Factors influencing Scottish dairy farmers’ antibiotic use

LA Pate*, Catherine E Milne, R McMorran, DJ Roberts, Alastair I Macrae

*Corresponding author for this work

Research output: Contribution to journalArticlepeer-review

1 Citation (Scopus)
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Good stewardship of antibiotics can reduce the development and impact of antimicrobial resistance (AMR); therefore, understanding farmers’ antibiotic use is of interest to stakeholders. To date, few qualitative studies have looked at farmers’ antibiotic use on dairy farms in the UK.

Semi-structured interviews were used to explore 15 Scottish dairy farmers’ antibiotic use behaviours and the factors influencing their antibiotic use on farms.

Using an inductive process, the results from the interviews were analysed, and four key themes were extracted: use of antibiotics, awareness of AMR, determinants of antibiotic use and future aspirations.

Some of the farmers interviewed were wary about discussing their antibiotic use, which could mean that some contentious issues were not discussed. The farmers also all belonged to a single milk-buying group, which may limit the generalisability of the findings.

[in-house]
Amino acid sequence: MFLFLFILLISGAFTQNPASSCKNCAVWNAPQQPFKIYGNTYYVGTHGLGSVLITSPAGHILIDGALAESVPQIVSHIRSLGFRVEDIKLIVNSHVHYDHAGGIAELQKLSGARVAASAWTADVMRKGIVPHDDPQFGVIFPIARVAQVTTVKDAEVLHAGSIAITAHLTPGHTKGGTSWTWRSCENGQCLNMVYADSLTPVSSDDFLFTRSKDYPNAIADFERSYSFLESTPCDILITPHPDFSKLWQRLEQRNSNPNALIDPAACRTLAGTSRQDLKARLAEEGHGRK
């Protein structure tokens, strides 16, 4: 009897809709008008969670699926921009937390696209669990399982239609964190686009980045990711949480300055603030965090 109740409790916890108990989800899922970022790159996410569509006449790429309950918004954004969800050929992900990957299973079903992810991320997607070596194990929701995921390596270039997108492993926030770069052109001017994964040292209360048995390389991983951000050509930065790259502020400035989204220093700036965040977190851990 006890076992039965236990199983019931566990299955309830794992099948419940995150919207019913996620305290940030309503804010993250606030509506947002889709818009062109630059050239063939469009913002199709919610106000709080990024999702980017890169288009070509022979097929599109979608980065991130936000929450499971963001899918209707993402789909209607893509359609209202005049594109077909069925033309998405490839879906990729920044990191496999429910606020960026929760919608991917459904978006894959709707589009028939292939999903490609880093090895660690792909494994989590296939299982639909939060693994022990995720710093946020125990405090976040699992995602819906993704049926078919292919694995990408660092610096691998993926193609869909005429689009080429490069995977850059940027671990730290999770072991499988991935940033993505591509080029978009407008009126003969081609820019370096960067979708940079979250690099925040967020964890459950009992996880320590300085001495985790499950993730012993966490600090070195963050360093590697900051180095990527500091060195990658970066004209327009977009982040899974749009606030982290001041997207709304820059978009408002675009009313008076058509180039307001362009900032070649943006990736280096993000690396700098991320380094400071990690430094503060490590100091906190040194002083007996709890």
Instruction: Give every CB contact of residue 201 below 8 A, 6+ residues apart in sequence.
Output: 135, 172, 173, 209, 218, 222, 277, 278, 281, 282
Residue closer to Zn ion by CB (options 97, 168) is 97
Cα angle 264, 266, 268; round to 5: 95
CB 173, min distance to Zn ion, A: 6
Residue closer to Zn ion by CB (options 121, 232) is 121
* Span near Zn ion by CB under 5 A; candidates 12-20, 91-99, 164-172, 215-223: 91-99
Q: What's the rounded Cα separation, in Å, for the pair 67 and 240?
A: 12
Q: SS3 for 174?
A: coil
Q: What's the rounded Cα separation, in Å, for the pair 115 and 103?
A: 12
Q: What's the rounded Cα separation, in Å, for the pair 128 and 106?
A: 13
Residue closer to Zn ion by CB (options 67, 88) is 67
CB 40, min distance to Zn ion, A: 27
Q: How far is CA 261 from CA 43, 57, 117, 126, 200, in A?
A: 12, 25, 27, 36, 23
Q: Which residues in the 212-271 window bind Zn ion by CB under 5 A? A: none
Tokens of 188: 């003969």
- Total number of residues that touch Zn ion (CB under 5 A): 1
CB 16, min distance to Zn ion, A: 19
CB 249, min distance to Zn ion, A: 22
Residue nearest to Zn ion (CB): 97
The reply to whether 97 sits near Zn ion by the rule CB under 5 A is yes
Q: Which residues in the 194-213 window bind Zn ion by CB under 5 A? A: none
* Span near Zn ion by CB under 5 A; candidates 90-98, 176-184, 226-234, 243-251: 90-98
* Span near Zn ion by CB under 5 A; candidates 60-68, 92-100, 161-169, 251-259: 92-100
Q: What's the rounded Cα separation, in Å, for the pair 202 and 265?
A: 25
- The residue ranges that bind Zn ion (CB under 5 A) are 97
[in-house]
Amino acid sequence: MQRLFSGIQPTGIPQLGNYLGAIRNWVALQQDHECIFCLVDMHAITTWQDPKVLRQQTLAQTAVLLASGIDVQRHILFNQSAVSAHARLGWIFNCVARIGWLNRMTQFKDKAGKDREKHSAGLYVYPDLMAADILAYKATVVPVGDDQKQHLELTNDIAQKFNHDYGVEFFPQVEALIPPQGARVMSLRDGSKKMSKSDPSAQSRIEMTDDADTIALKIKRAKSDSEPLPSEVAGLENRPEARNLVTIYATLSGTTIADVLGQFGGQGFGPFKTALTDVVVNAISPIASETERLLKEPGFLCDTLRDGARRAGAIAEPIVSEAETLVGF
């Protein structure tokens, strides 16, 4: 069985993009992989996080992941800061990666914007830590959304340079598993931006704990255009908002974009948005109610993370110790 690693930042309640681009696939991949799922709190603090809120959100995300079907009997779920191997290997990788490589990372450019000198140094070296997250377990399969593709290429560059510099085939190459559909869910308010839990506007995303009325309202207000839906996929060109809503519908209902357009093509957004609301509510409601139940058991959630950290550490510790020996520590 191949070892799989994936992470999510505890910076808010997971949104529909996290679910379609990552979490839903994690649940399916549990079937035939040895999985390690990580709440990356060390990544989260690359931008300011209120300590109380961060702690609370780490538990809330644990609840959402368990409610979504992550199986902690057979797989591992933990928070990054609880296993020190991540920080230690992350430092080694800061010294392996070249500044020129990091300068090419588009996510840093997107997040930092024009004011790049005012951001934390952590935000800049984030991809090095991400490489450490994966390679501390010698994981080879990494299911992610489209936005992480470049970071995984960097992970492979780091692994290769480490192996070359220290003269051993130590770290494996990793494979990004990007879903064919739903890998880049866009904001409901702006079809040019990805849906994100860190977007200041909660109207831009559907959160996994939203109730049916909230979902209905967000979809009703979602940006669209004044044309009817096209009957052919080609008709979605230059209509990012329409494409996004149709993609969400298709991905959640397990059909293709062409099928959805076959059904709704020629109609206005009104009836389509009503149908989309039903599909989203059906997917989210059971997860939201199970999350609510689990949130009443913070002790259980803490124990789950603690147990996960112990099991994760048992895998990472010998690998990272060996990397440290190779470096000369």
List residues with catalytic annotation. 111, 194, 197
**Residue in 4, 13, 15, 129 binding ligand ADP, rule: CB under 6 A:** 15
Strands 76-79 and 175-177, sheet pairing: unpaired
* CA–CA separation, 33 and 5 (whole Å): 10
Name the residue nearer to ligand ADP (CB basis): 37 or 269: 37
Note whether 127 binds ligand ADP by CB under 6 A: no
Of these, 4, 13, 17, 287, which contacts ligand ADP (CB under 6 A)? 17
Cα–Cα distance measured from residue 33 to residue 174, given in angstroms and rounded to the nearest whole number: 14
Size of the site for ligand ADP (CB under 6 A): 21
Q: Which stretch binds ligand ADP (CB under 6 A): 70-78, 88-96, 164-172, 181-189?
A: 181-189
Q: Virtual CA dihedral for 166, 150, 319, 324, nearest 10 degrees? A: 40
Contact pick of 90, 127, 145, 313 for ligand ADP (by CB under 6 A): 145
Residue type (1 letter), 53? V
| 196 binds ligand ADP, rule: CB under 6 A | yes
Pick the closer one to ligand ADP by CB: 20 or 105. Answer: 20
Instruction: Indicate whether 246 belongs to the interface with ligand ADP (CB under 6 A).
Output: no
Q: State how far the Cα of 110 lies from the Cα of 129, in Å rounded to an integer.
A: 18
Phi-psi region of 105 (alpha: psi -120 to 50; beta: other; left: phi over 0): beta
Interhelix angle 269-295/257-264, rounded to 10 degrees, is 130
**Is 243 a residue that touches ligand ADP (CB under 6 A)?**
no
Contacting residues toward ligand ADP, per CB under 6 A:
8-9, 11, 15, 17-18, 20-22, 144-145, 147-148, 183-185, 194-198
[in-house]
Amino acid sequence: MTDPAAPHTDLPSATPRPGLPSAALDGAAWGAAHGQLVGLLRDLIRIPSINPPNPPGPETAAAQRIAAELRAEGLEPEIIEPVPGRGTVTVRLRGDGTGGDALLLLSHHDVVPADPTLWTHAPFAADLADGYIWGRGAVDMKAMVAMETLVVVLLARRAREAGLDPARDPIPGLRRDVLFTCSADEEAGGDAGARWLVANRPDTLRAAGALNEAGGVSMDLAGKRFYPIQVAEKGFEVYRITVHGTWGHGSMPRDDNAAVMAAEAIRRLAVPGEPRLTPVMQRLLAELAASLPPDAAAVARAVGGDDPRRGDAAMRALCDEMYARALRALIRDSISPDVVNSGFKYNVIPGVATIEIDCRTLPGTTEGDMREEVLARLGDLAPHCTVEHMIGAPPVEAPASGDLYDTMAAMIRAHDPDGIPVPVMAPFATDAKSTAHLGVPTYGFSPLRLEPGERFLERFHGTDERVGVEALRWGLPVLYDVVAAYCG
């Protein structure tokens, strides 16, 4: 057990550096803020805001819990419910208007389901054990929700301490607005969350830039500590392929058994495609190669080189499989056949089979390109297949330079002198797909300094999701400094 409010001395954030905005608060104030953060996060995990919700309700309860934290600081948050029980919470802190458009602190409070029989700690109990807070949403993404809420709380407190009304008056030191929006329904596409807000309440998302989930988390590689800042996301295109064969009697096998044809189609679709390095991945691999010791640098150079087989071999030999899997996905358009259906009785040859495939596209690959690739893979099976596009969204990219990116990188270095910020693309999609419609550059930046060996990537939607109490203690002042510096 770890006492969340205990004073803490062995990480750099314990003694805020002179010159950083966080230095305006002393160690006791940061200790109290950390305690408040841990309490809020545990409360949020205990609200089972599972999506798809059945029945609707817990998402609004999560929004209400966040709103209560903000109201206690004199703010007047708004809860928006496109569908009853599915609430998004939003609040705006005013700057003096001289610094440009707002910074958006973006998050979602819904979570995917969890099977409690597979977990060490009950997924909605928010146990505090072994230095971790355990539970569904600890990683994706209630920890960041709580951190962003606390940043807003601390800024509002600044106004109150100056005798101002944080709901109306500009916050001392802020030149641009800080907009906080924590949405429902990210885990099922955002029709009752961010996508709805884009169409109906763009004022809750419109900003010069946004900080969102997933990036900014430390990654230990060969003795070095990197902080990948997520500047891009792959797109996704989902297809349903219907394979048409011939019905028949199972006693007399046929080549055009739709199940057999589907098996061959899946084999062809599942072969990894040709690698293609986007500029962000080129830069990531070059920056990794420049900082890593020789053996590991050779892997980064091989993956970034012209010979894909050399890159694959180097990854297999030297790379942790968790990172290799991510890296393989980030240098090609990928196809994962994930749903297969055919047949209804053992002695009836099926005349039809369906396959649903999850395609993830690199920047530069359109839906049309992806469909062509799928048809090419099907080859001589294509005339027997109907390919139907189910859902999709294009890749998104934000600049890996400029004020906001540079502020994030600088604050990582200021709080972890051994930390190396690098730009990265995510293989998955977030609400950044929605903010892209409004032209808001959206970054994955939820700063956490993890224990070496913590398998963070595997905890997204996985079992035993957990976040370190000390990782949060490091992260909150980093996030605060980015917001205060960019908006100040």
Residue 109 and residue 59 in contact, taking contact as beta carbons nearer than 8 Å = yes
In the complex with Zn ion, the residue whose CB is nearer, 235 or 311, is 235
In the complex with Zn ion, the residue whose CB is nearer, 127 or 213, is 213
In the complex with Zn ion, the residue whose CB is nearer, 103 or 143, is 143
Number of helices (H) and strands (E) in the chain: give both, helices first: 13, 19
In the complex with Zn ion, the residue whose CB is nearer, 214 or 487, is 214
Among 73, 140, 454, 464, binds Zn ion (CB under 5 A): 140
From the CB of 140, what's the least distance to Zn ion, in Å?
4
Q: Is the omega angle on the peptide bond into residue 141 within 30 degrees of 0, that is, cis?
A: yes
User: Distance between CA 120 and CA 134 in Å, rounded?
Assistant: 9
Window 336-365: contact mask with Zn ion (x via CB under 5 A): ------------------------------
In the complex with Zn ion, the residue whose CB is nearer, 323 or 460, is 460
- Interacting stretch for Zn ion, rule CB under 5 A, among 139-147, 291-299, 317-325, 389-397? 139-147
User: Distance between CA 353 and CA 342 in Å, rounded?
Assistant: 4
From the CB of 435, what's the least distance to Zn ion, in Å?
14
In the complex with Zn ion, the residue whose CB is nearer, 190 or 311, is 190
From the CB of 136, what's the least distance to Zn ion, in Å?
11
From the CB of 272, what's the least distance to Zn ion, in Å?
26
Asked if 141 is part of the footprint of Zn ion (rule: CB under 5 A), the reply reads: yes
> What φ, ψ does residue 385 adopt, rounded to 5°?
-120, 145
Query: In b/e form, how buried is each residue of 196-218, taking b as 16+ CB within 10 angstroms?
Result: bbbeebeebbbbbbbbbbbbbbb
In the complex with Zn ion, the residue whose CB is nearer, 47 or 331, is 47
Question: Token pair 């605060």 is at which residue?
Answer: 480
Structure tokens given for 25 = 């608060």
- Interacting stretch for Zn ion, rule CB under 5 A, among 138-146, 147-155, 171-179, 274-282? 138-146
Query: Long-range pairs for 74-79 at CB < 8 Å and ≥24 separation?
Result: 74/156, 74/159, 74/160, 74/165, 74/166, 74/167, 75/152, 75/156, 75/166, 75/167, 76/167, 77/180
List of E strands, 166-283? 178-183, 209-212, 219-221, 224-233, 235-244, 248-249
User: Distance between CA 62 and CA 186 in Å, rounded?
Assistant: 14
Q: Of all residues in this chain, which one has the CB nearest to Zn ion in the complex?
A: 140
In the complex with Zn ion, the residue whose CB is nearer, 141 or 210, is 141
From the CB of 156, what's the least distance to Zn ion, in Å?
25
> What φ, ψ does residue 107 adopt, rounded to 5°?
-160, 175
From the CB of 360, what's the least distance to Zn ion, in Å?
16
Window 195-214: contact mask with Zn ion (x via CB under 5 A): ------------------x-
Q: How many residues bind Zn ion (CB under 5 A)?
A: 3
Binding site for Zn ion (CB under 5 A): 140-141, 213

The quantities of antibiotics used were felt to be driven by the disease prevalence on farms, cows being indoors more, increasing herd sizes resulting in increased stocking densities, retention of poorer cows and substandard housing. Farmer knowledge of antibiotics varied, and not all farmers interviewed were aware of AMR. The farm veterinarian, the press and peers were found to be the main sources of antibiotic information.
Original languageEnglish
JournalVeterinary Record
Issue number12
Early online date13 May 2023
Publication statusFirst published - 13 May 2023


  • antimicrobials
  • behaviour
  • dairy cattle
  • general management
  • resistance
  • Farmers
  • Humans
  • Dairying/methods
  • Scotland
  • Animals
  • Cattle
  • Farms
  • Female
  • Anti-Bacterial Agents/therapeutic use


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